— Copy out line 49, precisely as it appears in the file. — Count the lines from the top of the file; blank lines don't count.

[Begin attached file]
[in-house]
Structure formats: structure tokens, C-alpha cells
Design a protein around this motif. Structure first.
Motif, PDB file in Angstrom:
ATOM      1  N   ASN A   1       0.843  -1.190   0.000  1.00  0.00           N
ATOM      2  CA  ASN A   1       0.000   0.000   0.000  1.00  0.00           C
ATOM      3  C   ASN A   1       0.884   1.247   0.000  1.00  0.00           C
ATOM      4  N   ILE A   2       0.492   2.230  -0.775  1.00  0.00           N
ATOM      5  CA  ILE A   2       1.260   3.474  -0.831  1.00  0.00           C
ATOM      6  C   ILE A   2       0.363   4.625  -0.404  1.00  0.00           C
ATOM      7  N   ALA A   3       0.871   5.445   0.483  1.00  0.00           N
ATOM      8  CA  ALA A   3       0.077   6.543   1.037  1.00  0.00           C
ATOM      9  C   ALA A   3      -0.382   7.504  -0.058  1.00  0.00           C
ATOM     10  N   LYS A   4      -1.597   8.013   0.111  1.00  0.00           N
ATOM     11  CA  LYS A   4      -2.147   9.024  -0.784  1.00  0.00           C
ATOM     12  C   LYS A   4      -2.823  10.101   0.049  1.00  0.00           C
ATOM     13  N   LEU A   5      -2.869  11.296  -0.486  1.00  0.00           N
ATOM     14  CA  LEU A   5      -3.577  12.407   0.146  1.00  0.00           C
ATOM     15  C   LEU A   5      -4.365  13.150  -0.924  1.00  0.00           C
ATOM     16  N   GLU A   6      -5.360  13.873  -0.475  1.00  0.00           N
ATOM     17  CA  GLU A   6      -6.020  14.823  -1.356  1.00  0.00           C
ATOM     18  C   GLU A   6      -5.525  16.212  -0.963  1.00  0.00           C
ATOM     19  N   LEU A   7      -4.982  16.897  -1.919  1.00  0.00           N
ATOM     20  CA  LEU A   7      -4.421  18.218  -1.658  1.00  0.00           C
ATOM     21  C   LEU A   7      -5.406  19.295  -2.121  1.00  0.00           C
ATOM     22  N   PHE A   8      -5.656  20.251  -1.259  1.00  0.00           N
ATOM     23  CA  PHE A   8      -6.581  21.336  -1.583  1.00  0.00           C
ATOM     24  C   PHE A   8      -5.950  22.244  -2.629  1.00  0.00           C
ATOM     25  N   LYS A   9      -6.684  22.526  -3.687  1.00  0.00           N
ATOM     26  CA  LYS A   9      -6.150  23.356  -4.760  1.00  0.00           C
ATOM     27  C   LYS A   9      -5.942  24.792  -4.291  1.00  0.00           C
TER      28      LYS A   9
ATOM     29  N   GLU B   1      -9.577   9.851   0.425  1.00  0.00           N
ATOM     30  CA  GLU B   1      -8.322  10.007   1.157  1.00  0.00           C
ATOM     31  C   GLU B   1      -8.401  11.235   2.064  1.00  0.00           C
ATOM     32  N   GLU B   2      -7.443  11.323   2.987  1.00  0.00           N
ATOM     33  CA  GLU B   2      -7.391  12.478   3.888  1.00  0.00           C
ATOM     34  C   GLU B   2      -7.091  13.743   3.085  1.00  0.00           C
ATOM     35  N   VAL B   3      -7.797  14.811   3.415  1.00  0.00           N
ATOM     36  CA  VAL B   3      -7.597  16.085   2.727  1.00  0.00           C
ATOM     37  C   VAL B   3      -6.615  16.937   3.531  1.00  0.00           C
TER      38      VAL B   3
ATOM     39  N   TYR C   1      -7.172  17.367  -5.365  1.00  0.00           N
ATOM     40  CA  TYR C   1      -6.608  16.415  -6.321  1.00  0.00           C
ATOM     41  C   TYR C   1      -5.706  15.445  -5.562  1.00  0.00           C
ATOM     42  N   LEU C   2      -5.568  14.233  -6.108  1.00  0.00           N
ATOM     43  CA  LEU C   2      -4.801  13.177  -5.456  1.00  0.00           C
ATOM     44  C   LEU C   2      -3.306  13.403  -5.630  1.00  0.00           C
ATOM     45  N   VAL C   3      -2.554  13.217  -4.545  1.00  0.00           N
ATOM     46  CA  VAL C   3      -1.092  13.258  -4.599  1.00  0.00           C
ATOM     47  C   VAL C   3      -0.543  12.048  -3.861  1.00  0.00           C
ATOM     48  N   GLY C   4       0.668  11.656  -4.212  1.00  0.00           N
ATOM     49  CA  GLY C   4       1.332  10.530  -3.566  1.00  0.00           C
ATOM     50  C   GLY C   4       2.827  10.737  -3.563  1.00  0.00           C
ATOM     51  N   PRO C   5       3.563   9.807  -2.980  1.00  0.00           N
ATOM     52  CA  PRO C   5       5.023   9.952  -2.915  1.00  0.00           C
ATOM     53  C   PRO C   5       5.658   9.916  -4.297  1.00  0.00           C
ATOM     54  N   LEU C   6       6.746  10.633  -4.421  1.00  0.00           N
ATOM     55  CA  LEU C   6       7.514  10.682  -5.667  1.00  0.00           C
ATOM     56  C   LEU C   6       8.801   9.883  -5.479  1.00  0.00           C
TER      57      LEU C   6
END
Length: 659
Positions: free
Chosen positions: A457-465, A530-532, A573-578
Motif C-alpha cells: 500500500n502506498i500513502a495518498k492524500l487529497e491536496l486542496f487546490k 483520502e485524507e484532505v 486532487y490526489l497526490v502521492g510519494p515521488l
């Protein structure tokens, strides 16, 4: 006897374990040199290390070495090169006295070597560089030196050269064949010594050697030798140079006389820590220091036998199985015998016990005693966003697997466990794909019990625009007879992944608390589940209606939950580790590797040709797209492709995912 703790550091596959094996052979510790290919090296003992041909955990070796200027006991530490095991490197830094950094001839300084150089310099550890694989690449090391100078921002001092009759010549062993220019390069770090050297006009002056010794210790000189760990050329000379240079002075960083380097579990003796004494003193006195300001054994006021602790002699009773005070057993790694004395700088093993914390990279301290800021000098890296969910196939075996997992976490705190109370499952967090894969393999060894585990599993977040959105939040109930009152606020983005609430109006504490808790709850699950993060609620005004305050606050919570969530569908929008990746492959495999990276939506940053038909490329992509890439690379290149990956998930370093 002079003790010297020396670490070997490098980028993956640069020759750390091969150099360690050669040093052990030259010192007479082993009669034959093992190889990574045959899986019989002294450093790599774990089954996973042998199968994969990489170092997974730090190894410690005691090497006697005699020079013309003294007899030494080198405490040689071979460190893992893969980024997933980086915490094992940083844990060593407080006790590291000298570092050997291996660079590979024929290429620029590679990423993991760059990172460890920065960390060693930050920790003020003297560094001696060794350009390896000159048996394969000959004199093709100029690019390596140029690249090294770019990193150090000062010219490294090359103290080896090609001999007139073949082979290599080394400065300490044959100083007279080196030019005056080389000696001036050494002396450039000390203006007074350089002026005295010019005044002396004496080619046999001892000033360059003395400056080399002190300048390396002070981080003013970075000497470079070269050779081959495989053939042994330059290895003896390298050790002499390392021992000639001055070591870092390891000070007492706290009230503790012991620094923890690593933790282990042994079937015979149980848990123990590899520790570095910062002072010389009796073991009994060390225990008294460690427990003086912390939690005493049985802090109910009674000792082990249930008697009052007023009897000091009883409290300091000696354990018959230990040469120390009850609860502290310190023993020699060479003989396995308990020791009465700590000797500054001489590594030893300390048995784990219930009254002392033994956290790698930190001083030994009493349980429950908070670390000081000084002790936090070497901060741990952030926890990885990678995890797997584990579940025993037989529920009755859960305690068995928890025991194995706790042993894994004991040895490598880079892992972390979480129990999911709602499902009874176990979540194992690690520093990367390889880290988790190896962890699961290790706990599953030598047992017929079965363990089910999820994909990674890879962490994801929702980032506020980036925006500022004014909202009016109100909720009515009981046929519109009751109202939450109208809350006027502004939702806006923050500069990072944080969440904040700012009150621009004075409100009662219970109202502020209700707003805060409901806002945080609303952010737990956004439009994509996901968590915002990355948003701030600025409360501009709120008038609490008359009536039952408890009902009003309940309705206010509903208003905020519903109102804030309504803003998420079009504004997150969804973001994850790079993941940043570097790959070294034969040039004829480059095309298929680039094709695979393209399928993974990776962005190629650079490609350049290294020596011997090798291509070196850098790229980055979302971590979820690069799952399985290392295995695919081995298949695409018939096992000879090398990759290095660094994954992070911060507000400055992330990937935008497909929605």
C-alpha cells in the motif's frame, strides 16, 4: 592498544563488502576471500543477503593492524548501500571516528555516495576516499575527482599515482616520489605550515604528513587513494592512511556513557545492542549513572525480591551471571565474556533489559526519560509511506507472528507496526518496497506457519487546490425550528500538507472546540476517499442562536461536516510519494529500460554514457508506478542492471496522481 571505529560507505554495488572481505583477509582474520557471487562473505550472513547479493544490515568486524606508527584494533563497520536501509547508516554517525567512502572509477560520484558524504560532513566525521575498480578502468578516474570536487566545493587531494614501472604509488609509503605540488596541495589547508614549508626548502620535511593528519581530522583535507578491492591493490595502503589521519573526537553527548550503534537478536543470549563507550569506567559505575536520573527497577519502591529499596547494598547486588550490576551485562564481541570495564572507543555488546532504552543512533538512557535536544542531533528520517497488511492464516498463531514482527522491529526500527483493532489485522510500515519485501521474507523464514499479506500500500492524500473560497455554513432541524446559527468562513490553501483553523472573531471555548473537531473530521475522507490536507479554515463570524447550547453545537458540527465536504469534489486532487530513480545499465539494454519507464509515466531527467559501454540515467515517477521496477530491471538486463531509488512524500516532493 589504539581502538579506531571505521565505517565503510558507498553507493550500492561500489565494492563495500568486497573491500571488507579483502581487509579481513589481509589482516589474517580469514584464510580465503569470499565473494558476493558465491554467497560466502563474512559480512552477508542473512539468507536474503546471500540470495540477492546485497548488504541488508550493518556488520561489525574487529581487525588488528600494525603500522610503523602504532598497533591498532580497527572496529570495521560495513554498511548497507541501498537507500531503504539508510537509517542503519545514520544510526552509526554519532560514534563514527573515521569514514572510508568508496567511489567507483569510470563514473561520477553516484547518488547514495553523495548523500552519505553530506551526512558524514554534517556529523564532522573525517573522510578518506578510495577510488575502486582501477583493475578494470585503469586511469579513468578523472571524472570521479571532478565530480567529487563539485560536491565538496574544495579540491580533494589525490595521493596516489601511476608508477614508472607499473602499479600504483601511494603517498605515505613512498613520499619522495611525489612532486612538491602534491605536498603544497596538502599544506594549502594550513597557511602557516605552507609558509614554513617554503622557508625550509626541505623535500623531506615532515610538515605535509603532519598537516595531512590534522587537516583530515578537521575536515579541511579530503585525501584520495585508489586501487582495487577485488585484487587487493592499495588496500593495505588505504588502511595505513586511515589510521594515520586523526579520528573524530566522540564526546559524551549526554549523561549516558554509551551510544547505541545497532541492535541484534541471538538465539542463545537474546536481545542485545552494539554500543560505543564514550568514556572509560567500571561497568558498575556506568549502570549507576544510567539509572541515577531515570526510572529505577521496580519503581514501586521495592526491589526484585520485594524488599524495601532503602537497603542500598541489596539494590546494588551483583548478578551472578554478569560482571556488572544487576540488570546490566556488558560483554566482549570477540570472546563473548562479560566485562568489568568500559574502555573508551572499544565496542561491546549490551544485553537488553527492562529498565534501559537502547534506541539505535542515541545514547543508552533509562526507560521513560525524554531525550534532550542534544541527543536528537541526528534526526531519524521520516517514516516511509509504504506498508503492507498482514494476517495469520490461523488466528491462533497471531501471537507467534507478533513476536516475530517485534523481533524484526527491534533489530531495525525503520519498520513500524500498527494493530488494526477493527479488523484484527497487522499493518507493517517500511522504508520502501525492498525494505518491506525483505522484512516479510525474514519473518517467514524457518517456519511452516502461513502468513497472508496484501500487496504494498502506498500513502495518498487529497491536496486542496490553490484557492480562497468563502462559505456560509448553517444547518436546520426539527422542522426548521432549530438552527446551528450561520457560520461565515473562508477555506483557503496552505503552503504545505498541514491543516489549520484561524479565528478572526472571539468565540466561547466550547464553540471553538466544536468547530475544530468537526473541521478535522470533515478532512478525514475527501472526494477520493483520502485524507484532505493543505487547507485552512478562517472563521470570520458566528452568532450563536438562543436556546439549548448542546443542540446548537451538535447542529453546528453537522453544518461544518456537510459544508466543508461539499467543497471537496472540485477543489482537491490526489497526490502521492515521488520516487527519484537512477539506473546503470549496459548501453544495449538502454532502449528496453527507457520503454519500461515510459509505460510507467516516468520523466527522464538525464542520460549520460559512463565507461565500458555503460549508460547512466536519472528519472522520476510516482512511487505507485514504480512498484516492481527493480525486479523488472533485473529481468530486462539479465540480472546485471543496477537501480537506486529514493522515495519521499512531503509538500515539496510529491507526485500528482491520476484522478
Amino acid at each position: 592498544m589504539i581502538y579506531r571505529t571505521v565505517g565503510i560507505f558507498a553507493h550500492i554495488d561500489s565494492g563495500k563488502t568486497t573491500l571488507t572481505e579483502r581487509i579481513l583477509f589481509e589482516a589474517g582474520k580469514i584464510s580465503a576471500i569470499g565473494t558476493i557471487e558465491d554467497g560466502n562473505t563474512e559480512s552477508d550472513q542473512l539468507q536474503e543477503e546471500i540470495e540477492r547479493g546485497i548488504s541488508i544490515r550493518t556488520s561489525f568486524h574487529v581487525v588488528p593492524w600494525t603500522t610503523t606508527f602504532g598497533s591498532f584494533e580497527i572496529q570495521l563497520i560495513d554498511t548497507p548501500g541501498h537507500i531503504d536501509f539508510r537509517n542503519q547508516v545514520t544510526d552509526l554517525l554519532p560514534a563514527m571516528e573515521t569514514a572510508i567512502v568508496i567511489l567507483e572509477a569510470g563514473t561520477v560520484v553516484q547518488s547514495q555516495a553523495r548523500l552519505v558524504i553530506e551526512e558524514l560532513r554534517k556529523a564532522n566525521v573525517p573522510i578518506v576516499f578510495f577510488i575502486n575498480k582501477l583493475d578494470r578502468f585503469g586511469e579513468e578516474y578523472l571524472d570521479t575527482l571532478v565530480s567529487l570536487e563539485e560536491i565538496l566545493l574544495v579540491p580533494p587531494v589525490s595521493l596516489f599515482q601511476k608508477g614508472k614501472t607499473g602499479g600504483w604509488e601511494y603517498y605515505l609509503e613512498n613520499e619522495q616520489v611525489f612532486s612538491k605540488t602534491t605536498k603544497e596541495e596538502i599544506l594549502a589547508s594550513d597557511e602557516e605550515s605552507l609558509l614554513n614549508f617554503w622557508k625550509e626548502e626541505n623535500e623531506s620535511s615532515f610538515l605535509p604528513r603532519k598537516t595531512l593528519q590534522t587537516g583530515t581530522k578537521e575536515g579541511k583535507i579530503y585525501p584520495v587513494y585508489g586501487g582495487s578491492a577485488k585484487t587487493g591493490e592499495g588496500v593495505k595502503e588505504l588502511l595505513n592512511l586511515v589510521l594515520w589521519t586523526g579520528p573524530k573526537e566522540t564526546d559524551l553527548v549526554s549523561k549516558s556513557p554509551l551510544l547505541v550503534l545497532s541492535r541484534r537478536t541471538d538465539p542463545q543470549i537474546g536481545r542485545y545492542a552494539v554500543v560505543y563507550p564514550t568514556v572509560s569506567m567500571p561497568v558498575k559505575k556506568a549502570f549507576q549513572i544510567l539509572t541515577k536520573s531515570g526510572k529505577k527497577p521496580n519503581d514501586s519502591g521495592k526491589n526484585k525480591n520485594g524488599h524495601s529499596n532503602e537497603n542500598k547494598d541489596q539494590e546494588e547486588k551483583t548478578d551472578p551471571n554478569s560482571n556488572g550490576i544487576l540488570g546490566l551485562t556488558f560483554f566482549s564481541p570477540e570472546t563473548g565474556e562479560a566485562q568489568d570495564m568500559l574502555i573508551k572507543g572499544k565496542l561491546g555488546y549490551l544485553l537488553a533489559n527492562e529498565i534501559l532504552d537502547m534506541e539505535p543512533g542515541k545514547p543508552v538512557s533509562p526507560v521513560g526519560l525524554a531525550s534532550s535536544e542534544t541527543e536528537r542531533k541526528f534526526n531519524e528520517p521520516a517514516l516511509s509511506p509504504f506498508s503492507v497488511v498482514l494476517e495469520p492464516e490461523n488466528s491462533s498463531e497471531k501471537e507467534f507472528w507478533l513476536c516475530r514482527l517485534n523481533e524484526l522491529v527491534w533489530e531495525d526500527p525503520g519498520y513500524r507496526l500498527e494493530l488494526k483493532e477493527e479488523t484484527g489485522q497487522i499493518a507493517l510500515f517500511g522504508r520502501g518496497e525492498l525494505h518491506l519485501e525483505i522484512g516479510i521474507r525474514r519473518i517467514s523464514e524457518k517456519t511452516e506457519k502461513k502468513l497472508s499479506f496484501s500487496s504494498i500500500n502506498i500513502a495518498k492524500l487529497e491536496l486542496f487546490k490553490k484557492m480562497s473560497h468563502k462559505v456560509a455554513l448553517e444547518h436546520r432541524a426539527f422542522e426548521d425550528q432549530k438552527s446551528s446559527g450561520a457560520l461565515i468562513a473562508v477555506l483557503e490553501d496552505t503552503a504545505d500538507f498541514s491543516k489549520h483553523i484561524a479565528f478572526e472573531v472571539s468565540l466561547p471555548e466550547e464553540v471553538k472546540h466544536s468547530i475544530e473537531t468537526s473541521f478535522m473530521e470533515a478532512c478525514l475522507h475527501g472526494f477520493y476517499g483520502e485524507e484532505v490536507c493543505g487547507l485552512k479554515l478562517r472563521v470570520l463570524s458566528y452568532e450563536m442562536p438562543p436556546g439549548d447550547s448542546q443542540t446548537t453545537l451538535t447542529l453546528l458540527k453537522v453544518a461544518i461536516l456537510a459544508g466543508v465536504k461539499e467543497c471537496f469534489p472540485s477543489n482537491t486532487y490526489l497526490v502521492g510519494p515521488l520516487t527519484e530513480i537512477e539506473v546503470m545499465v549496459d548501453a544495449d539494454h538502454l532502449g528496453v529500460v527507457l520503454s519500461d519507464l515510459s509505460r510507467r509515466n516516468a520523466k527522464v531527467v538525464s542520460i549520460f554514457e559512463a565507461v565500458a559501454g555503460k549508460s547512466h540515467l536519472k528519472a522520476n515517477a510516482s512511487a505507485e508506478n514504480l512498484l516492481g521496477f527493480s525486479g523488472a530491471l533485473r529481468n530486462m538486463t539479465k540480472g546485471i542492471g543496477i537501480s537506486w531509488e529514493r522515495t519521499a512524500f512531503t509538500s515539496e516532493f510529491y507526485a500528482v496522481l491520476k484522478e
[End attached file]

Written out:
ATOM     45  N   VAL C   3      -2.554  13.217  -4.545  1.00  0.00           N